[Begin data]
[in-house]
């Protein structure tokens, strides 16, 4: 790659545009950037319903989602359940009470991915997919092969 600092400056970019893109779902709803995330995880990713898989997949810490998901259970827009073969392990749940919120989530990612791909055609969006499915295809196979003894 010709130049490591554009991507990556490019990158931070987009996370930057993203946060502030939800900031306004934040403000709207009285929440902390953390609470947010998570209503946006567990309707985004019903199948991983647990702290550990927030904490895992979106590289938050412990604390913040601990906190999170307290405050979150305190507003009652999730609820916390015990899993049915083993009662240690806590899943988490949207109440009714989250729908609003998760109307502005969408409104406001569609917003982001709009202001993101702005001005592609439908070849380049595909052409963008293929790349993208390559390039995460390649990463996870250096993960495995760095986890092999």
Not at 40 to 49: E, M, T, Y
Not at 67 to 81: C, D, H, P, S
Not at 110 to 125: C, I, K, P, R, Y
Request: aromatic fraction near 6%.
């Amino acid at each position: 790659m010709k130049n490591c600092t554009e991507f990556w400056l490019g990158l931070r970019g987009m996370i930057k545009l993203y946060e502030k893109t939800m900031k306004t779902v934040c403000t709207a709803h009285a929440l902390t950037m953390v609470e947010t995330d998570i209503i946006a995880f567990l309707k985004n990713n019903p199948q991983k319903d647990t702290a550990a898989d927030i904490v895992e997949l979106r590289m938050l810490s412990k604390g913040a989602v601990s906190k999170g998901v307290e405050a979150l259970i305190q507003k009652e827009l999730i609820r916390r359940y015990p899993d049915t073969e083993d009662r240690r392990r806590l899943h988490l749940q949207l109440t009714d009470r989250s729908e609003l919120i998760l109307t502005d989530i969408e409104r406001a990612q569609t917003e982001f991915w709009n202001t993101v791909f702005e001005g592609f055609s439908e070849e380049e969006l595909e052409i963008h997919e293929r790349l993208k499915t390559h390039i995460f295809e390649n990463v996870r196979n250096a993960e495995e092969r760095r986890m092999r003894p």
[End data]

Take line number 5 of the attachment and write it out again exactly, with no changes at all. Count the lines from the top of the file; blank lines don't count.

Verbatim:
Not at 110 to 125: C, I, K, P, R, Y